8(a) Program and EDWOSB: Are they Economically Disadvantaged Twins or Siblings?

Two of the Small Business Administration’s programs require the applicant to demonstrate that they are economically disadvantaged: the 8(a) Business Development Program (8(a) Program) and the Economically Disadvantaged Woman-Owned Small Business Program (EDWOSB). The 8(a) Program requires applicants to be owned and controlled by both socially and economically disadvantaged individuals per 13 C.F.R. § 124.101. Applicants of the EDWOSB program must be owned and controlled by one or more economically disadvantaged women per 13 C.F.R. § 127.200(a)(2). But what exactly does it mean to be “economically disadvantaged,” and do both programs have the same requirements? Below I discuss the economically disadvantaged requirement contained in both programs. Read on to find out whether they are the same, and more.

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Small Business Committee Raises Concerns to SBA About Certification Speed, Category Management

Last week, the U.S. House of Representatives Small Business Committee held a hearing to discuss how the SBA will meet Small Business Contracting goals, and specifically how the SBA can meet its goals related to socioeconomic programs. The committee challenged the Office of Government Contracting & Business Development to show how they will help grow participation in SBA’s small business development programs, and small business participation in federal contracting as a whole. The Small Business Committee raised questions related to inflation, increasing socio-economic program participation, and SBA technology updates.

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Back to Basics: EDWOSB Eligibility

Last week, Nicole Pottroff went through the basics of eligibility for participation in the SBA’s Women-Owned Small Business (“WOSB”) Federal Contracting Program. Today, I’ll walk you through the additional eligibility requirements for participation in SBA’s Economically Disadvantaged Women-Owned Small Business (“EDWOSB”) Program as stated in 13 C.F.R. § 127.200(a). If it has you feeling a little déjà vu, there is good reason for that. Eligibility requirements for the SBA’s WOSB and EDWOSB Programs are very similar, with only a couple small, but very important, differences.

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Back to Basics: WOSB Eligibility

To level the playing field for women business owners, the Federal Government limits competition for certain contracts to businesses participating in SBA’s Women-Owned Small Business (“WOSB”) Federal Contracting Program. Ideally, those contracts are for specific industries where WOSBs are historically underrepresented. And in fact, the Government even has certain WOSB contracting goals to encourage such set-asides. So, its easy to see why the WOSB Program can be a great opportunity for small businesses to get a leg up in the federal contracting world. But don’t let the name fool you, it takes more than just woman-ownership to get in–and stay in. Let’s take a closer look at SBA’s requirements for becoming certified under the WOSB Program.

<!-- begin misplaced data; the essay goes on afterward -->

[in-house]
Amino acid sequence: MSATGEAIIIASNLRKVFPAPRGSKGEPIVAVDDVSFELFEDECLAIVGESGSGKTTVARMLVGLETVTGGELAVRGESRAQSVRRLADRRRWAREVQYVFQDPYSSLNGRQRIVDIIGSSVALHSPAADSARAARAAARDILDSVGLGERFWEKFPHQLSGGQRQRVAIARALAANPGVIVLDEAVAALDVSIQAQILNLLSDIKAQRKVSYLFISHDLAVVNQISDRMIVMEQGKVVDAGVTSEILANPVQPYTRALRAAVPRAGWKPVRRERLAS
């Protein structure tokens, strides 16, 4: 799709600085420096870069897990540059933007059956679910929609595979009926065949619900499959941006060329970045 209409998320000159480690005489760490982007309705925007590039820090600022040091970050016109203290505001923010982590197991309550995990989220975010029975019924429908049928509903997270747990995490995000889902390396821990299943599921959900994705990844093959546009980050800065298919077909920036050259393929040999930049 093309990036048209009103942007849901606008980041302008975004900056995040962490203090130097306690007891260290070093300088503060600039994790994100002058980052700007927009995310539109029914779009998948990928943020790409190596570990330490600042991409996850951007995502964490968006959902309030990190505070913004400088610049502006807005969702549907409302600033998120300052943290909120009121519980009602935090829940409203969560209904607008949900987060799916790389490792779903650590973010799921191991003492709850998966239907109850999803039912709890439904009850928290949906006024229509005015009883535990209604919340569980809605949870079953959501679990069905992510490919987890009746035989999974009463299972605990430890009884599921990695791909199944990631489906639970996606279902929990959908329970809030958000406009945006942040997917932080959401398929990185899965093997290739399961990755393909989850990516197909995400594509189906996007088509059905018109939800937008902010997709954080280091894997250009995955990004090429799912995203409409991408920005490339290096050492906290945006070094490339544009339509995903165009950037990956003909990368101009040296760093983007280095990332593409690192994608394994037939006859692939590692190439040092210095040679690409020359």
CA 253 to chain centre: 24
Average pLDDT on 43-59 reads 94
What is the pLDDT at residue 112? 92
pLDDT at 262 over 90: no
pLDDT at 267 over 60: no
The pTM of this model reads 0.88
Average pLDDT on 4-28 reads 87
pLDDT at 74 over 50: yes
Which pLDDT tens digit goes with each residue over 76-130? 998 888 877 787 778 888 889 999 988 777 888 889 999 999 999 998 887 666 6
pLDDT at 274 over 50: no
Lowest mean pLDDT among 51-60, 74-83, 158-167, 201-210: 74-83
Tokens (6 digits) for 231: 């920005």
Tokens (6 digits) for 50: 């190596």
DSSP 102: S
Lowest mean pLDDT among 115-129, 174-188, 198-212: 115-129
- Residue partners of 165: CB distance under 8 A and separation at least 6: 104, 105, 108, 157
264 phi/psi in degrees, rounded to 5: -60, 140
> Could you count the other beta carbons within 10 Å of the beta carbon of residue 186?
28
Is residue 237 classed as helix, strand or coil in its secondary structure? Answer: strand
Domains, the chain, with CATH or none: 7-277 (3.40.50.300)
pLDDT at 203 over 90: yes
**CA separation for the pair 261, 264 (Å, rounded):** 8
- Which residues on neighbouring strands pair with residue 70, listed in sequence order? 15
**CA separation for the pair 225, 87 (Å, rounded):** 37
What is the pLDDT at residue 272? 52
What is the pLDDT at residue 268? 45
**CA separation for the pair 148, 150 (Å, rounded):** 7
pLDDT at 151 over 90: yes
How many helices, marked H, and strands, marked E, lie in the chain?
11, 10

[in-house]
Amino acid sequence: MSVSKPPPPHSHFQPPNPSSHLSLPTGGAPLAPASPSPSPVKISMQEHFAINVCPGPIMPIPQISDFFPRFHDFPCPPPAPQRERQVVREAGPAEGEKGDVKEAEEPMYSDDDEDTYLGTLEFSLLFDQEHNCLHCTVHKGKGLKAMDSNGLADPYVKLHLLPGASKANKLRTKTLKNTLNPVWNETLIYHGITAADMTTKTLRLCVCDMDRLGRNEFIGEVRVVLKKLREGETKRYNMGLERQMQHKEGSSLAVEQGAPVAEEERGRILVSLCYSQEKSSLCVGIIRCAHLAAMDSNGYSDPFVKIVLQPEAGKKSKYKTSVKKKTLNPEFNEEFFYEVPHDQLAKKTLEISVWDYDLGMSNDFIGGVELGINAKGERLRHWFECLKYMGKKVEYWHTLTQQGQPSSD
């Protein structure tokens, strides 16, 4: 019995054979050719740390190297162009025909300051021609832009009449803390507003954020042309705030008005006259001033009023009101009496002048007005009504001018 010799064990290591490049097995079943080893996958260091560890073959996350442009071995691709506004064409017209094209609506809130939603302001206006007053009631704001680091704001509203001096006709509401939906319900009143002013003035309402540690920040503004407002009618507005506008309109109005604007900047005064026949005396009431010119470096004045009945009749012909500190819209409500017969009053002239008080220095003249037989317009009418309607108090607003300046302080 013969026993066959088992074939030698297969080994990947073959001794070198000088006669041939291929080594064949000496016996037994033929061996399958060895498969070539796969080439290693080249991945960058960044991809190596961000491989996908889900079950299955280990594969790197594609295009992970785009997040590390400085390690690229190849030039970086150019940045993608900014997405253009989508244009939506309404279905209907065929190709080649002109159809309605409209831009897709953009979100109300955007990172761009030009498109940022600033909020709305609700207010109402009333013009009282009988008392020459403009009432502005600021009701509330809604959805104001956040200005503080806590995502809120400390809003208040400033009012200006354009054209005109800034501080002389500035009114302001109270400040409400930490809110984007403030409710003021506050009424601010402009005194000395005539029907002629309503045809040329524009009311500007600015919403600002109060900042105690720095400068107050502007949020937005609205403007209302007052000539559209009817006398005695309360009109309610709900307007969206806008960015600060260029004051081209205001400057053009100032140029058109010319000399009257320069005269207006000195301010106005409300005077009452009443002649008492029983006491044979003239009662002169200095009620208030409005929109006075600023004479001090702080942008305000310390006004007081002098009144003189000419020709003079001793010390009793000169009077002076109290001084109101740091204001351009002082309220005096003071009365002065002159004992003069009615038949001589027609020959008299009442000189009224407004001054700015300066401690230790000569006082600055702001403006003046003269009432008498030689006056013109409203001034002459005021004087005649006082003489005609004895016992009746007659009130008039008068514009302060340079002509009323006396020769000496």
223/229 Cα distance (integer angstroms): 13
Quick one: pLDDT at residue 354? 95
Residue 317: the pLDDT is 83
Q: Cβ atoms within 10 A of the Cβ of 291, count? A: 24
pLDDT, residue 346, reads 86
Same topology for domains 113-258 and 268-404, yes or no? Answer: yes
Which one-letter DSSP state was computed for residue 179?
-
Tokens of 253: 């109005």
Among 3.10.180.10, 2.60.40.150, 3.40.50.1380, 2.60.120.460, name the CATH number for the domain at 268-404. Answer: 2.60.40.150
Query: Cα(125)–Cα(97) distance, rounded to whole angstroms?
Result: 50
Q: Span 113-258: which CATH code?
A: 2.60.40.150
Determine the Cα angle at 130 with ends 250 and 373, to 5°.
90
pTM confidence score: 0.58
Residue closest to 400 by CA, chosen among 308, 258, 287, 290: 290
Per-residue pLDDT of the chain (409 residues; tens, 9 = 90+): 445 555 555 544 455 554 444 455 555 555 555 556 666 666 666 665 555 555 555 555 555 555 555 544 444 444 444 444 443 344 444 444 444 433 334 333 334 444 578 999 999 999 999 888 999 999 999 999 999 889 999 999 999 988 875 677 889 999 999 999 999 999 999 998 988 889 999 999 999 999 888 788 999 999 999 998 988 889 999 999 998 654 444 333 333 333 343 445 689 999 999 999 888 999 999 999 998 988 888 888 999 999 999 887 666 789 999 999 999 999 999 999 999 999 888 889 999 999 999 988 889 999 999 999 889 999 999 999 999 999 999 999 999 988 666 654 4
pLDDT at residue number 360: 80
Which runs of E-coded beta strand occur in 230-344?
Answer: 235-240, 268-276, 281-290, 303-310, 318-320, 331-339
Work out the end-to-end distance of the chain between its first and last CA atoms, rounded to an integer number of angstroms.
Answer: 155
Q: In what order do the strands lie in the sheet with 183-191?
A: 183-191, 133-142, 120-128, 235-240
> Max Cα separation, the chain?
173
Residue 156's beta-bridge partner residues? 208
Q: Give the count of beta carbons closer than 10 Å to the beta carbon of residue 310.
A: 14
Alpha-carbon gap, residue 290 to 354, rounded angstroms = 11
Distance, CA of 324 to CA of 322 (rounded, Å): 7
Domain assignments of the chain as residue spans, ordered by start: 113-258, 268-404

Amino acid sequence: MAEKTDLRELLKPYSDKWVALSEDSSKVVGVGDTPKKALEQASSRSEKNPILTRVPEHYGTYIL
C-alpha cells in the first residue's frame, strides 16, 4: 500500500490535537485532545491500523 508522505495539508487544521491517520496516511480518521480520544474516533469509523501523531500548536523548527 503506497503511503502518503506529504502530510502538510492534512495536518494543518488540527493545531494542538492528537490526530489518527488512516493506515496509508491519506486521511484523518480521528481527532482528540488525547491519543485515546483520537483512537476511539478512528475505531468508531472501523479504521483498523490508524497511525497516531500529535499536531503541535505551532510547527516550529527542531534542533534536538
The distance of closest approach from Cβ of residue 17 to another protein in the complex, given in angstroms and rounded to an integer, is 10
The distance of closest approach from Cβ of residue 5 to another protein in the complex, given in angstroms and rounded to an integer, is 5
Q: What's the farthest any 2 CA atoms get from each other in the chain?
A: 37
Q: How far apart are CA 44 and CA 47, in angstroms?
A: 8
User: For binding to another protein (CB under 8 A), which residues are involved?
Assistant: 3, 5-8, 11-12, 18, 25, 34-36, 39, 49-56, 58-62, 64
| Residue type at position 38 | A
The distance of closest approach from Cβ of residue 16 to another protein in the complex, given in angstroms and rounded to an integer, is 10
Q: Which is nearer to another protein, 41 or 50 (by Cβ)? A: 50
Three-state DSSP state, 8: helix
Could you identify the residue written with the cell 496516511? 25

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Happy International Women’s Day From All of Us at SmallGovCon!

We at SmallGovCon just wanted to take a minute to wish all the amazing women out there a Happy International Women’s Day! And we would like to send an extra-special shout-out to all of our WOSBs and EDWOSBs while we are at it! It’s been a big year for you all with SBA’s implementation of its new WOSB/EDWOSB certification program.

Here’s to commemorating women’s history of achievement and celebrating the bright future to come!

Questions about SBA’s new WOSB/EDWOSB certification program or WOSB/EDWOSB eligibility? Or need help with a WOSB/EDWOSB contracting legal issue? Email us or give us a call at 785-200-8919.

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SBA OHA: Ownership and Control are Not the Same in the WOSB Program

A company learned the hard way that just because their business is majority owned by a woman, it doesn’t mean they are a Women-Owned Small Business (WOSB) in the eyes of the SBA. The question is one of both ownership and control.

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2020 Rewind: The Year’s Biggest Government Contracting News Affecting Small Businesses

Let’s face it: most people won’t look back on 2020 with anything remotely approaching nostalgia.  Here at Koprince Law LLC, we are eager to turn the page and move on with 2021, too. 

But small businesses shouldn’t forget 2020 completely.  The year brought many important developments, including major changes to some key government contracting rules that our readers should remember.  So here, in a nutshell, are the most important 2020 government contracting changes and legal developments for small businesses. 

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